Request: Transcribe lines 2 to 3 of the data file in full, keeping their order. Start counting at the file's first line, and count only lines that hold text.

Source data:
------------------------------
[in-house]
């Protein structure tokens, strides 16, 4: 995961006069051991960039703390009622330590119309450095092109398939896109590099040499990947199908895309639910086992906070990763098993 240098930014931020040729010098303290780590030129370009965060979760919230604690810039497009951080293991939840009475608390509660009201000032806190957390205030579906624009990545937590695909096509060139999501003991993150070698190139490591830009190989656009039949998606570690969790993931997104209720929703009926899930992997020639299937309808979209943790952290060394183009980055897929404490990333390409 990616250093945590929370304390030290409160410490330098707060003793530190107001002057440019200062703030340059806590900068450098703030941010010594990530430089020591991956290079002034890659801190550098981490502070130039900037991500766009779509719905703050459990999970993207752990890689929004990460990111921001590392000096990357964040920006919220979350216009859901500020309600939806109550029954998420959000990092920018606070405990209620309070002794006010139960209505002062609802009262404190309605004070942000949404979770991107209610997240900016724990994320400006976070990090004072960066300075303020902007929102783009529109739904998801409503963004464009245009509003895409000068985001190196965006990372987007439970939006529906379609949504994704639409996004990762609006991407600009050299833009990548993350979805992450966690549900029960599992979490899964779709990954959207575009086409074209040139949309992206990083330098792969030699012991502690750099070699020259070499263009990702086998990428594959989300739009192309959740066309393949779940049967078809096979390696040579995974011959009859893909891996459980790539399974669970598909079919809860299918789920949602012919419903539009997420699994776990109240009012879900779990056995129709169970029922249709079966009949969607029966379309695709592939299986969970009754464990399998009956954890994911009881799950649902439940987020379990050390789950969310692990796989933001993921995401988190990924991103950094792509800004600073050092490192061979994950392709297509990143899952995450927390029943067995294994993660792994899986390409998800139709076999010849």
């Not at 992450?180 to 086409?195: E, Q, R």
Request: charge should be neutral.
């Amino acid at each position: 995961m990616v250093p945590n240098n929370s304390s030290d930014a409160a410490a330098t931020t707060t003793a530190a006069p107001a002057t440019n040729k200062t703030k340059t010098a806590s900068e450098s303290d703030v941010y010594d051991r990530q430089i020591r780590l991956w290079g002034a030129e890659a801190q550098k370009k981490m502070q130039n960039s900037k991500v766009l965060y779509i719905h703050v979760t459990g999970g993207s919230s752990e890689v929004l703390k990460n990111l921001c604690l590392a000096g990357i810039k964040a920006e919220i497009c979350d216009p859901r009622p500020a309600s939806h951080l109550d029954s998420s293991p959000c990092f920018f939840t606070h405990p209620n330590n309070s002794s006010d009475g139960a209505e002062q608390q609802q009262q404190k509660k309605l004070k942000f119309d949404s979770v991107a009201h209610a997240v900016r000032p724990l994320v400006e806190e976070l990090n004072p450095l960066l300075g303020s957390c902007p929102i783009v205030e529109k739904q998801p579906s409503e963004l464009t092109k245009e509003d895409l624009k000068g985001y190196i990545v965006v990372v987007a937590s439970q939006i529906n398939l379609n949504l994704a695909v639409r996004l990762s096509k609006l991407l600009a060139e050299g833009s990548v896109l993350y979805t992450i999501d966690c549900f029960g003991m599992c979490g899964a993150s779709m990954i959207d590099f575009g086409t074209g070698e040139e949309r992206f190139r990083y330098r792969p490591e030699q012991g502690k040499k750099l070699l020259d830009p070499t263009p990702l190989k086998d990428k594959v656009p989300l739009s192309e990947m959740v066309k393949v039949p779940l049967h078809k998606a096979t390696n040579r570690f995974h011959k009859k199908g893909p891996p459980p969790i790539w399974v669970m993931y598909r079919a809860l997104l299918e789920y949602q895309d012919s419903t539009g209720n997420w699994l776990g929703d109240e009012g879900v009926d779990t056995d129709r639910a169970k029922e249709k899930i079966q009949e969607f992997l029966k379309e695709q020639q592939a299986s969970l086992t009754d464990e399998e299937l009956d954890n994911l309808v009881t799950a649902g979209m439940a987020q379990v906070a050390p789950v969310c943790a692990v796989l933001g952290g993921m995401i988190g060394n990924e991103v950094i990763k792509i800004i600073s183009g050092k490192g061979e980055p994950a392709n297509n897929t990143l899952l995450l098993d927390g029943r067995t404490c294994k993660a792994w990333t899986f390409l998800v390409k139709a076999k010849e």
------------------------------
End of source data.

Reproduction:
């Protein structure tokens, strides 16, 4: 995961006069051991960039703390009622330590119309450095092109398939896109590099040499990947199908895309639910086992906070990763098993 240098930014931020040729010098303290780590030129370009965060979760919230604690810039497009951080293991939840009475608390509660009201000032806190957390205030579906624009990545937590695909096509060139999501003991993150070698190139490591830009190989656009039949998606570690969790993931997104209720929703009926899930992997020639299937309808979209943790952290060394183009980055897929404490990333390409 990616250093945590929370304390030290409160410490330098707060003793530190107001002057440019200062703030340059806590900068450098703030941010010594990530430089020591991956290079002034890659801190550098981490502070130039900037991500766009779509719905703050459990999970993207752990890689929004990460990111921001590392000096990357964040920006919220979350216009859901500020309600939806109550029954998420959000990092920018606070405990209620309070002794006010139960209505002062609802009262404190309605004070942000949404979770991107209610997240900016724990994320400006976070990090004072960066300075303020902007929102783009529109739904998801409503963004464009245009509003895409000068985001190196965006990372987007439970939006529906379609949504994704639409996004990762609006991407600009050299833009990548993350979805992450966690549900029960599992979490899964779709990954959207575009086409074209040139949309992206990083330098792969030699012991502690750099070699020259070499263009990702086998990428594959989300739009192309959740066309393949779940049967078809096979390696040579995974011959009859893909891996459980790539399974669970598909079919809860299918789920949602012919419903539009997420699994776990109240009012879900779990056995129709169970029922249709079966009949969607029966379309695709592939299986969970009754464990399998009956954890994911009881799950649902439940987020379990050390789950969310692990796989933001993921995401988190990924991103950094792509800004600073050092490192061979994950392709297509990143899952995450927390029943067995294994993660792994899986390409998800139709076999010849």
């Not at 992450?180 to 086409?195: E, Q, R």